5. A modular shopping cart as recited in claim 1, further comprising means for releasably interconnecting two of said shopping carts in side-by-side spaced relationship.
6. A modular shopping cart as recited in claim 5, wherein said means for releasably interconnecting two of said shopping carts comprises at least one bracket member dimensioned and configured to engage adjacent side panels of said shopping carts.
7. A modular shopping cart comprising:
a) a lower storage structure defining a bottom panel and at least two parallel upstanding panels;
b) means associated with said bottom panel of said lower storage structure for effectuating movement of said shopping cart over a supporting surface;
c) a central storage structure defining a bottom panel, opposed upstanding side panels, and opposed upstanding front and rear panels stackable upon said lower storage structure;
d) an upper storage structure defining a bottom panel, opposed upstanding side panels, and opposed upstanding front and rear panels stackable upon said central storage structure; and
e) means for releasably maintaining each of said lower, central and upper storage structures in an upright stacked configuration including a pair of tubular support members dimensioned and configured to extend through each of said storage structures, each of said tubular support members having a plurality of interconnected tubular sections including at least one elongated section and at least one transverse section defining handle means for directing movement of said shopping cart.
8. A modular shopping cart as recited in claim 7, wherein said means for releasably maintaining said storage structures in an upright stacked configuration further comprises a plurality of releasable latch members configured to inhibit relative movement of each of said support structures.
9. A modular shopping cart as recited in claim 7, wherein said means for effectuating movement of said shopping cart comprises a plurality of rolling casters mounted to said bottom panel of said lower storage structure.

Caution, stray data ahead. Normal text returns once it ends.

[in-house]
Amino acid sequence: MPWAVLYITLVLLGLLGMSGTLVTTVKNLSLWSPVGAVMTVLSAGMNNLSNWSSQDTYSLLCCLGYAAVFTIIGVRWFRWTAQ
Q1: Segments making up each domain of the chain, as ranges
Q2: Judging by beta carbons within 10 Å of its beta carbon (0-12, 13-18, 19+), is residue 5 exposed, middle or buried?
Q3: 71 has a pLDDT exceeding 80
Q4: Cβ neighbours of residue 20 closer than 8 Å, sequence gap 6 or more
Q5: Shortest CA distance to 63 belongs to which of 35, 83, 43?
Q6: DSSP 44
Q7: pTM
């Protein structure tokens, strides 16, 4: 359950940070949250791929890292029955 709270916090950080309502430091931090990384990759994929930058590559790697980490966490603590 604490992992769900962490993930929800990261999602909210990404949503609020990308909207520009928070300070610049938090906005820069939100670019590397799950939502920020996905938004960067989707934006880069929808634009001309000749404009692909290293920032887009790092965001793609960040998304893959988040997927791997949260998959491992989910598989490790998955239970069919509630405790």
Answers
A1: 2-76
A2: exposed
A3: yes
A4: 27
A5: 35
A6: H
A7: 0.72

10. A modular shopping cart as recited in claim 7, wherein said upper storage structure has a volumetric capacity distinct from that of said central storage structure defining a stepped arrangement in said upright stacked configuration.
11. A modular shopping cart as recited in claim 7, further comprising means for releasably interconnecting two of said shopping carts in side-by-side spaced relationship.
12. A modular material carrying vehicle comprising:
a) a lower storage structure defining a bottom panel, opposed upstanding side panels, and opposed upstanding front and rear panels;
b) means associated with said bottom panel of said lower storage structure for effectuating movement of said vehicle over a supporting surface;
c) at least one upper storage structure stackable upon said lower storage structure and defining opposed upstanding side panels, and opposed upstanding front and rear panels; and
d) means for releasably maintaining said lower storage structure and said at least one upper storage structure in an upright stacked configuration including a pair of tubular support members dimensioned and configured to extend through each of said storage structures, each of said tubular support members having a plurality of interconnected tubular sections including at least one elongated section and at least one transverse section defining handle means for directing movement of said vehicle.
13. A modular vehicle as recited in claim 12, wherein said means for releasably maintaining said storage structures in an upright stacked configuration further comprises a plurality of releasable latch members configured to inhibit relative movement of each of said support structures.
14. A modular vehicle as recited in claim 12, wherein said means for effectuating movement of said shopping cart comprises a plurality of rolling casters mounted to said bottom panel of said lower storage structure.
US08033183 1993-03-16 1993-03-16 Modular shopping cart Expired - Lifetime US5427394A (en)

Priority Applications (1)

Application Number Priority Date Filing Date Title
US08033183 US5427394A (en) 1993-03-16 1993-03-16 Modular shopping cart

Applications Claiming Priority (4)

Application Number Priority Date Filing Date Title
US08033183 US5427394A (en) 1993-03-16 1993-03-16 Modular shopping cart
PCT/US1994/002754 WO1994021506A1 (en) 1993-03-16 1994-03-15 Modular shopping cart
EP19940911590 EP0689514B1 (en) 1993-03-16 1994-03-15 Modular shopping cart
CA 2158351 CA2158351C (en) 1993-03-16 1994-03-15 Modular shopping cart

Publications (1)

Publication Number Publication Date
US5427394A true US5427394A (en) 1995-06-27

Family

ID=21868979

Family Applications (1)

Application Number Title Priority Date Filing Date
US08033183 Expired - Lifetime US5427394A (en) 1993-03-16 1993-03-16 Modular shopping cart

Country Status (4)

Country Link
US (1) US5427394A (en)
EP (1) EP0689514B1 (en)
CA (1) CA2158351C (en)
WO (1) WO1994021506A1 (en)

Cited By (38)

* Cited by examiner, † Cited by third party